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Parasitology

A section of Microorganisms (ISSN 2076-2607).

Section Information

Parasitology is the study of symbiotic relationships in which one member is harmed and the other benefits from the relationship. Parasites are classified into two groups based on their size and multiplication in the host. Microparasites are microscopic organisms including prokaryotic microparasites (bacteria, viruses) and either single-celled or few-celled eukaryotic microparasites (protozoans, fungi, microsporidia, myxozoans) that exist in vertebrates, invertebrates, plants, and other microparasites. The numbers of microparasites usually increase during infection. Macroparasites are usually visible to the naked eye, and the numbers of organisms within the host do not tend to increase during infection. Parasites are among the most important disease-causing agents of living organisms. Parasites have complex and diverse lifecycles that have evolved to use a multitude of strategies for transmission and survival, including vector-borne, sexual contact, direct contact, maternal, lactogenic, carnivorous, hypobiosis, and the production of environmentally resistant stages. Parasites vary in their host specificity and the number of hosts they must have to complete their lifecycle. Some are dependent on host cells or tissues for survival while others can be free-living eukaryotic or metazoan organisms during portions of their developmental cycles. They are major causes of human and animal diseases and many are zoonotic. The Parasitology section of Microorganisms will be open to all studies centered around eukaryotic microparasites and macroparasites of vertebrates and invertebrates. Studies addressing the interactions of prokaryotic microparasites with eukaryotic microparasites are also welcome. A diverse range of studies from human, veterinary and wildlife medicine, classical developmental biology, morphology, biochemical, epidemiological, ecological, pharmacological and chemotherapy, and lifecycle reports will be considered. Studies based on newer technologies examining the interactions of eukaryotic microparasites and their vectors, molecular-based phylogenetic analysis, cell biology, genetics, immunology, various omics studies, and microbiome investigations are encouraged.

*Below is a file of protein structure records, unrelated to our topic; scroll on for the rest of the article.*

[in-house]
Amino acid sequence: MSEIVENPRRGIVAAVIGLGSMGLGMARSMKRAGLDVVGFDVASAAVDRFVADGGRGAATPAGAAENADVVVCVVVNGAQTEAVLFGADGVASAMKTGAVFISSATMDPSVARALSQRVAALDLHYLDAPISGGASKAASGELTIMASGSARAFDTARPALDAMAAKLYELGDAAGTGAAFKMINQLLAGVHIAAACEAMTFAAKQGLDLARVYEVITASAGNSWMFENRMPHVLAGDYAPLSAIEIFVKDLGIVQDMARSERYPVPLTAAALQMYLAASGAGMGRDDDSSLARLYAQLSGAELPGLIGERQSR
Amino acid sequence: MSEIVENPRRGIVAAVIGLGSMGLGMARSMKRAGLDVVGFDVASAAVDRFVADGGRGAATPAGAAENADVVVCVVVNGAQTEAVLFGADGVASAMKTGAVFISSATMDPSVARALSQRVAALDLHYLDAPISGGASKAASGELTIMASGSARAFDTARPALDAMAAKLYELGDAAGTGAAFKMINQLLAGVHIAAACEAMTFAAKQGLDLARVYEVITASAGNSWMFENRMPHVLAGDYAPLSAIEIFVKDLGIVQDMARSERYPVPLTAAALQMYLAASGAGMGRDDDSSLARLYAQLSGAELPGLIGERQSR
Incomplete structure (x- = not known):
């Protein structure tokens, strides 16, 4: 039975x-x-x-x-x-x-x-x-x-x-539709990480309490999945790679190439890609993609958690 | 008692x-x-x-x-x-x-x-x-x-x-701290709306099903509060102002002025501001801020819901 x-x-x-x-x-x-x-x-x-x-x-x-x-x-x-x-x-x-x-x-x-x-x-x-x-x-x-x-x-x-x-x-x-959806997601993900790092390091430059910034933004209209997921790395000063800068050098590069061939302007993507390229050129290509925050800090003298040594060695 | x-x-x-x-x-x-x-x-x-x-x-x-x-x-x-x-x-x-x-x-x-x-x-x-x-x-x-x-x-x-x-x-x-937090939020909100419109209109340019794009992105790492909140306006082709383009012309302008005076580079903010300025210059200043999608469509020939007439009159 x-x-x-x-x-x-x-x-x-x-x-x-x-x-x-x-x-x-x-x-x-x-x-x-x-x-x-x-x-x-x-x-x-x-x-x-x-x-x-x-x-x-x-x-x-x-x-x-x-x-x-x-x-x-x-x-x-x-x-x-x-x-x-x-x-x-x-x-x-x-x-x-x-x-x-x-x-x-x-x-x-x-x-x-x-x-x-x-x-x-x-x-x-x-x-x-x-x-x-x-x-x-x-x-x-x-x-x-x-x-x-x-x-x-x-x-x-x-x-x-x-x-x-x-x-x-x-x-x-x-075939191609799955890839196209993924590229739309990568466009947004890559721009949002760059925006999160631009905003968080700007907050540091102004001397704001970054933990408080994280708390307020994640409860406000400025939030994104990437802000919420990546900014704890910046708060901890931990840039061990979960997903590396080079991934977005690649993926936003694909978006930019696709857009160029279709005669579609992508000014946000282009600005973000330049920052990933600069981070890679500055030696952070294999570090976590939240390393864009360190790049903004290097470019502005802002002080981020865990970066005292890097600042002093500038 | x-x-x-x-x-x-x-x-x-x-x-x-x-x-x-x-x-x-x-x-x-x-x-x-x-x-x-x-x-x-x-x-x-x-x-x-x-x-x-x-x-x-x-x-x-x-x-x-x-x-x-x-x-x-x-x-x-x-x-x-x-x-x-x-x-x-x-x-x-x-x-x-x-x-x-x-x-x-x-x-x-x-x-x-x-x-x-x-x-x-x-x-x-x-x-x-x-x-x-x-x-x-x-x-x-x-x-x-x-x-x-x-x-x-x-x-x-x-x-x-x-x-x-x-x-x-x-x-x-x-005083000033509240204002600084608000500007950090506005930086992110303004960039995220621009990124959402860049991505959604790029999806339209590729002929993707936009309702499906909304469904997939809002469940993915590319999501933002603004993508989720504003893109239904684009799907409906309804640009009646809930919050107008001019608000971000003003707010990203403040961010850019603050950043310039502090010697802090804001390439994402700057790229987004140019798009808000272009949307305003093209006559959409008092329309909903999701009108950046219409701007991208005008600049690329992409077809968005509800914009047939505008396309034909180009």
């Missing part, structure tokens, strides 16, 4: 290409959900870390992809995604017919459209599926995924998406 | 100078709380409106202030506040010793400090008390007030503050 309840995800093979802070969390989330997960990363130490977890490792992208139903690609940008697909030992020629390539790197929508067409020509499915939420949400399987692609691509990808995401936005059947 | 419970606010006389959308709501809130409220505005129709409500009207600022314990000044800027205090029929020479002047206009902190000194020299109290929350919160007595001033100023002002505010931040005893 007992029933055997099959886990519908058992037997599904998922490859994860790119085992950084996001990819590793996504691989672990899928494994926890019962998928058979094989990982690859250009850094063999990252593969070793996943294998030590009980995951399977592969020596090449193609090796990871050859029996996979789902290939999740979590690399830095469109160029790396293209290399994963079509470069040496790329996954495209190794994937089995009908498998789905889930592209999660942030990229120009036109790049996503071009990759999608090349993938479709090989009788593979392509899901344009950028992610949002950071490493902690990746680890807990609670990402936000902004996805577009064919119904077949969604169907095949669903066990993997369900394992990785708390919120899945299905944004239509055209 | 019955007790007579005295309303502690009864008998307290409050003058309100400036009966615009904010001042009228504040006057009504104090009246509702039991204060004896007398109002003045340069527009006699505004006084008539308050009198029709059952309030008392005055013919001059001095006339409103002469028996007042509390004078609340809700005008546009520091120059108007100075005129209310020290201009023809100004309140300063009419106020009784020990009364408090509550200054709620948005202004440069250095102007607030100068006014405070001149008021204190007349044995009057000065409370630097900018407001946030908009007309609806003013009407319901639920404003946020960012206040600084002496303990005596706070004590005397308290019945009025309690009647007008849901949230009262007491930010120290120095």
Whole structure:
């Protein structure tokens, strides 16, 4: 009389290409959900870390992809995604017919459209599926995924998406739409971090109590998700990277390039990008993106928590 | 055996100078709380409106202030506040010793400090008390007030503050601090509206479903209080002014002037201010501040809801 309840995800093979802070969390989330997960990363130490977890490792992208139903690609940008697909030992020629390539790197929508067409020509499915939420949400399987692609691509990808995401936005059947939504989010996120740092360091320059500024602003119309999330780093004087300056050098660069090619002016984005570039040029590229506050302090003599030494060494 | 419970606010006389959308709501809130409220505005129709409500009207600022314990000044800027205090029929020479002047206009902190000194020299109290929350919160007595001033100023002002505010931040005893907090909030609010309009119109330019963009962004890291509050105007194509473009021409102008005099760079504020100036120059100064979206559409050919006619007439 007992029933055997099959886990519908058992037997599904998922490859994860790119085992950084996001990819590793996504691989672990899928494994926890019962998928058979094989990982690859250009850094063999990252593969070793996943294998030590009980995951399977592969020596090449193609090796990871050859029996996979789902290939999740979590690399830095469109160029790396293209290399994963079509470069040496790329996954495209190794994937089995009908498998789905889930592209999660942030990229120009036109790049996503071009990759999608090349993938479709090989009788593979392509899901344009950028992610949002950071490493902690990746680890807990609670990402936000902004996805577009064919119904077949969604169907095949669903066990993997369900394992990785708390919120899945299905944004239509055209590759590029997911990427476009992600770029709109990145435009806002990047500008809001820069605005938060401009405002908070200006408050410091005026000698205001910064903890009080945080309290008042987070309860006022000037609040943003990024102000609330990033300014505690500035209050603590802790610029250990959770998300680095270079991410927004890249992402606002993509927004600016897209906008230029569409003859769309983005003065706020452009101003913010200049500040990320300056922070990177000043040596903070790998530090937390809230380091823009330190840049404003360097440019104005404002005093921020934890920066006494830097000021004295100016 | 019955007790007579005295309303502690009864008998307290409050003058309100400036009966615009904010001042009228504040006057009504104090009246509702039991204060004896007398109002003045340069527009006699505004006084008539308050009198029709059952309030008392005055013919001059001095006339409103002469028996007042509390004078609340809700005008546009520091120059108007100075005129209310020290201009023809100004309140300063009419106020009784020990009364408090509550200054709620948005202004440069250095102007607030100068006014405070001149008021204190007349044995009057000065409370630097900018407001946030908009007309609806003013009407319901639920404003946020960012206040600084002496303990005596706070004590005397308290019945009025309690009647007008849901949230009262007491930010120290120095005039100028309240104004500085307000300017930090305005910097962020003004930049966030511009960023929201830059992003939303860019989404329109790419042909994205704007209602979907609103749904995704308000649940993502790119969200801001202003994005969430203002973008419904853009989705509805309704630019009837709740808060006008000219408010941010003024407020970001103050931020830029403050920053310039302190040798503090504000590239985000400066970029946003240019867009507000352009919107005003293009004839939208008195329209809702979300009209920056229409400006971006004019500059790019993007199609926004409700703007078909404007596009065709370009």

Keywords

  • Developmental biology
  • Detection, diagnosis, and pathology
  • Ecology and environmental biology
  • Emerging and neglected diseases
  • Epidemiology and public health
  • Evolutionary biology
  • Immunity and vaccination
  • Laboratory (in vitro, in vivo, in situ, and in silico) methods
  • Lifecycles and morphology
  • Microbiome
  • One Health research
  • Phylogenetics, population biology and genetics
  • Prevention and treatment
  • Zoonotic diseases

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